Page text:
We've reached a significant milestone here at Visualise The World with the launch of the inaugural issue of The VPU Report!
What is it? It's a direct-to-the-point, detailed analysis of vision processors, as SoC or as IP, from four of the leading companies in the field. Future quarterly issues of the report will present up to the minute information on VPUs available from a different selection of companies building up into a detailed resource for marketing and management professionals. The current issue starts the ball rolling with analysis of Movidius, Intel, Ceva and Inuitive: four of the most interesting companies operating in the consumer edge device category.
At just under fifty pages, packed with over twenty detailed diagrams, plus feature and performance tables along with concise description, the report strips down to basics and presents just the facts so that you can quickly absorb technical details in a convenient, easy to read style.
Along with that, you will find a quick summary of the companies reviewed (useful when so many entrants into this field are startups) and commentary to shed light on the potential and pitfalls of VPU design.
If you are interested or involved in the coming revolution in vision enabled devices, or if you need to know about the chips and IP that will run the vision and neural network algorithms that will power them, you will need to get this report. And occasionally there will be a scoop, such as in this issue a first public description of an as-yet unreleased device!
The report actually speaks for itself, so I've attached a pdf of the contents and introduction. Take a look, then click on the link above and I'll get in touch to give you rates and subscription options.
CEVA announced its new XM-6 vision processor yesterday (27th Sept) and will reveal details at today’s Linley Microprocessor conference in Santa Clara.
As one of the companies leading the race to provide power-efficient vision processing specifically aimed at the mobile and embedded markets (as opposed to repurposing power-hungry GPUs for workstation and datacenter usage) CEVA’s designs and the traction they get in the market tell us a lot about the development and maturity of vision based equipment including AR headsets, drones and more.
CEVA claims a 3x performance improvement on vector heavy code for the new core, with a 2x boost for ‘average’ code, versus the previous generation chip, as well as revealing that they have for the first time included hardware dedicated to specific functions.
On the performance front, CEVA makes no mention of increased clock rate and the total compute resource (vector and scalar integer and floating point units) has increased only moderately over the XM-4, leading to the conclusion that much of the improvement is due to detailed architecture changes introduced with this generation.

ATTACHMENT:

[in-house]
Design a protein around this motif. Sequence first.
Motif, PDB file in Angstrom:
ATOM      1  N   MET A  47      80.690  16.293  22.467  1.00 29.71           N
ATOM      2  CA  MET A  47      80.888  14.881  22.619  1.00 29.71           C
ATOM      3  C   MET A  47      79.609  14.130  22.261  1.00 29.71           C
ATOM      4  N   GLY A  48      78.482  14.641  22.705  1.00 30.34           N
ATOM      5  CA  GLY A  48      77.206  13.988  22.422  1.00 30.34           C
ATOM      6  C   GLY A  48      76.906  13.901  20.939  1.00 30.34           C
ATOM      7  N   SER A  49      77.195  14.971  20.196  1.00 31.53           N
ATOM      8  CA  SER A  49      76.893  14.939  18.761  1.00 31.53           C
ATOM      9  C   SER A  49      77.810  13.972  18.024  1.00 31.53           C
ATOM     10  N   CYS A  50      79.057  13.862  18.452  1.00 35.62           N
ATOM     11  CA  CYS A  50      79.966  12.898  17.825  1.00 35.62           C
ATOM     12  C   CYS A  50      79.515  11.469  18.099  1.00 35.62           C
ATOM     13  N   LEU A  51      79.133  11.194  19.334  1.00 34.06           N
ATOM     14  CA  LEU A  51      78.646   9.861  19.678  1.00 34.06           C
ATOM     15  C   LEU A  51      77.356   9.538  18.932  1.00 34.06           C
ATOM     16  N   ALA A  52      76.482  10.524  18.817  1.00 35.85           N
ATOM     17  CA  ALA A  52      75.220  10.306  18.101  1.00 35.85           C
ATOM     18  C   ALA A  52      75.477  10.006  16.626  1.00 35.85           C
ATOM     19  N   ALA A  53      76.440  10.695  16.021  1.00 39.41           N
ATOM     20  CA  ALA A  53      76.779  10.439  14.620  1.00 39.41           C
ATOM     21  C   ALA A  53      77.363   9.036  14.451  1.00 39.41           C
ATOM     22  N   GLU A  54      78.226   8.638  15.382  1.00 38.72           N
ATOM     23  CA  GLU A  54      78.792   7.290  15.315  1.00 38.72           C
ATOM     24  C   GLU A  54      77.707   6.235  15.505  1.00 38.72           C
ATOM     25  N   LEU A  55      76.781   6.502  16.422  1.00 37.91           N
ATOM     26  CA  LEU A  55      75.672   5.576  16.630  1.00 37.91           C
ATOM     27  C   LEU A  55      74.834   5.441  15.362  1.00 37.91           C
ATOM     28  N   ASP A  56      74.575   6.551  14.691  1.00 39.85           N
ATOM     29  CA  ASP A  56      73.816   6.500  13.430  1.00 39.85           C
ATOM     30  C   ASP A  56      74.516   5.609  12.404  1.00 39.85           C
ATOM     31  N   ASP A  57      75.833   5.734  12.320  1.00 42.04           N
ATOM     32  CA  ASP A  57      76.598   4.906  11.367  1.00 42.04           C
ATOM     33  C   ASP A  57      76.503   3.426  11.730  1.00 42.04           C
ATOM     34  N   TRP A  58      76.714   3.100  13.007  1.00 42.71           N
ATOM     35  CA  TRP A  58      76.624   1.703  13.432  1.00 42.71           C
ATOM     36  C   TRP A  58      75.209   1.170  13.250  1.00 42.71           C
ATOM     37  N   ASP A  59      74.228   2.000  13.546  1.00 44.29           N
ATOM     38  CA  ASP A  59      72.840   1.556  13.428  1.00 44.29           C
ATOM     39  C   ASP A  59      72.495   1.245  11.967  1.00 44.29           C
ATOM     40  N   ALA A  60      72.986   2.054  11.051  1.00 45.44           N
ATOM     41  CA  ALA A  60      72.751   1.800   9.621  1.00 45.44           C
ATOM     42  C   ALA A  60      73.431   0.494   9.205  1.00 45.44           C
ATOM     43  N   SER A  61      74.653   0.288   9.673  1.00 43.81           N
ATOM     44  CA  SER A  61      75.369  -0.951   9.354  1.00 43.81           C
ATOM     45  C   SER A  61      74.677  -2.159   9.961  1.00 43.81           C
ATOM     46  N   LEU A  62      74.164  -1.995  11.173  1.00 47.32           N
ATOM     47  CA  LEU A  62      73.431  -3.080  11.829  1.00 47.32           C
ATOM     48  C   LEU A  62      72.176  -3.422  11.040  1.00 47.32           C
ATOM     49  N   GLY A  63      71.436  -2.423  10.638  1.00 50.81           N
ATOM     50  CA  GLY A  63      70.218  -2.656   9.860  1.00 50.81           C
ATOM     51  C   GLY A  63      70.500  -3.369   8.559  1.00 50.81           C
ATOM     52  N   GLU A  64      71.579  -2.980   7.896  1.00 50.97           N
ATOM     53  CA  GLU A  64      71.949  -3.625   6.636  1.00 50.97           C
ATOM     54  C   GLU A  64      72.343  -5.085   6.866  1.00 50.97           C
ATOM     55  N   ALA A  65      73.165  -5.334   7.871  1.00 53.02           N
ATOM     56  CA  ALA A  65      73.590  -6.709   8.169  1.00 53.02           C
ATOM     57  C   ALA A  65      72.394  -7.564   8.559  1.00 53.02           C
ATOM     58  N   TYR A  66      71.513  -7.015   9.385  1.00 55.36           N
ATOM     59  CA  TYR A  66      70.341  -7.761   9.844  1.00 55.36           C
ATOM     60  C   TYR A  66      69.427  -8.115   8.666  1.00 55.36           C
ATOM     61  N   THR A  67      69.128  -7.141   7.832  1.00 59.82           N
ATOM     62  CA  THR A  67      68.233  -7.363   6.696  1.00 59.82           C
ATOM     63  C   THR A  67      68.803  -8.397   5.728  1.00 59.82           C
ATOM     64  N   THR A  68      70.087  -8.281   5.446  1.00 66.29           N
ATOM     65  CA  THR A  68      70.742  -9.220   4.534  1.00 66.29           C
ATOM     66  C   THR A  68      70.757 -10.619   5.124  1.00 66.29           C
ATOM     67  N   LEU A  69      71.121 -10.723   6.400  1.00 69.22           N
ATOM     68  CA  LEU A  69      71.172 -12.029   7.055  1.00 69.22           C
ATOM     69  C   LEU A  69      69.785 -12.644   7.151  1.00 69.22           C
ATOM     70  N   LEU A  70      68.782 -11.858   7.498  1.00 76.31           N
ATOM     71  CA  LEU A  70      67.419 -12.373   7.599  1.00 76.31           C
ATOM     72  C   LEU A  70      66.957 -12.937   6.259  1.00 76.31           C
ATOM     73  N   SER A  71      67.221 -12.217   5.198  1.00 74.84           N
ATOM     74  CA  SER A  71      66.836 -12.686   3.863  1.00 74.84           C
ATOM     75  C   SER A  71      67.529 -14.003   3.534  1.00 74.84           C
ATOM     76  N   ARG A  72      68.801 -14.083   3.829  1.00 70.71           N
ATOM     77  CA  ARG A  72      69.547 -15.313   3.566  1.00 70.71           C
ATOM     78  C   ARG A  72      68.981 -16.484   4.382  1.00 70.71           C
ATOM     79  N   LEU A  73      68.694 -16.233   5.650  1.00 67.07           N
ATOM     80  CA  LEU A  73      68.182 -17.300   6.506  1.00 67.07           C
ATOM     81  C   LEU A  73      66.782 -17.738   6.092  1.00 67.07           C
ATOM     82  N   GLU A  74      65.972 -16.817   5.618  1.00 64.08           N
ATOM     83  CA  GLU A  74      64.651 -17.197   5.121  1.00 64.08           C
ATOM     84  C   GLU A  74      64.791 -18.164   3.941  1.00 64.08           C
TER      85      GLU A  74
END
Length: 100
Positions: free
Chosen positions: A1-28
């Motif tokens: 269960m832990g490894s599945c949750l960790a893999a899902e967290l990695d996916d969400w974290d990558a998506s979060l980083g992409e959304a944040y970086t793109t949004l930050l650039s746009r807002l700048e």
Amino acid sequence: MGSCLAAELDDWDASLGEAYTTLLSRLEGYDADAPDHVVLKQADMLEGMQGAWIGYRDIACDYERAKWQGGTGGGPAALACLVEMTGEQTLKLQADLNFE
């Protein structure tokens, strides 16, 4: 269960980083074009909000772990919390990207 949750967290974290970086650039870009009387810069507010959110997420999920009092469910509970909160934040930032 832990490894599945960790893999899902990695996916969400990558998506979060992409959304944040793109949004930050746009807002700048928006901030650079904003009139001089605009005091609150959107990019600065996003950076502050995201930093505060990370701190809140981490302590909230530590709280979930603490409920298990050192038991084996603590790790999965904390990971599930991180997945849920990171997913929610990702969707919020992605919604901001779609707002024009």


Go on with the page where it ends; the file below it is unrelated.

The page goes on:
On the basics, XM-6 is similar to XM-4: four 32-bit scalar units linked up VLIW style to 128 16-bit integer MACs are included in the base version of the core, with a 32x16-bit floating point unit available as an option. In detail, however, there are some differences: the 128 MACs have been upgraded so that they now provide full 16x16 functionality ( with 8x16 going up to 256 wide) and where they were previously divided into two 32/64-wide SIMD vectors, the new core splits them differently, with one 64/128-wide SIMD and two 32/64-wide units.
At the most basic level, this allows for a convenient substitution of the optional FP units without disturbing the rest of the architecture but it also allows CEVA to better tune the vector resources to the workloads and increase the amount of available parallelism; a good proportion of the performance increase is likely to be due to that change alone.
It is also interesting that the optional floating point has now been downgraded to half precision (midP in GPU terms). This seems to represent a growing confidence among VPU designers that 32 bits is overkill for the vectorised portions of their workloads therefore they are optimising to 16 bits. The fact that this functionality is still optional is another strong indicator that having floating point at all is a luxury which many applications cannot afford, something which continues to drive the widening split between dedicated VPUs and repurposed GPUs.
Just as interesting is the fact that CEVA credits much of the performance improvement, not to gains in computational capacity but to improvements in efficiency due to its proprietary data handling schemes. A sophisticated buffer handling unit which offloads management of large image datasets is teamed up with two specific mechanisms for improving the vectorisation of operands and hence the overall utilisation of the vector units. Improvements to both of these, in particular the scatter gather mechanism whereby the load/store unit can assemble a 1D data vector from a 2D array in a single cycle represent a large part of the reason for this new release.
It’s certainly true that a large part of wringing maximum performance out of a massively parallel system is solving the data/compute mismatch problem and this is CEVA’s answer to that. It will be interesting to see how it plays out against the various multithreaded and hybrid approaches out there.
*Note: this story has been edited to clarify the number and type of MAC ALUs in the XM6.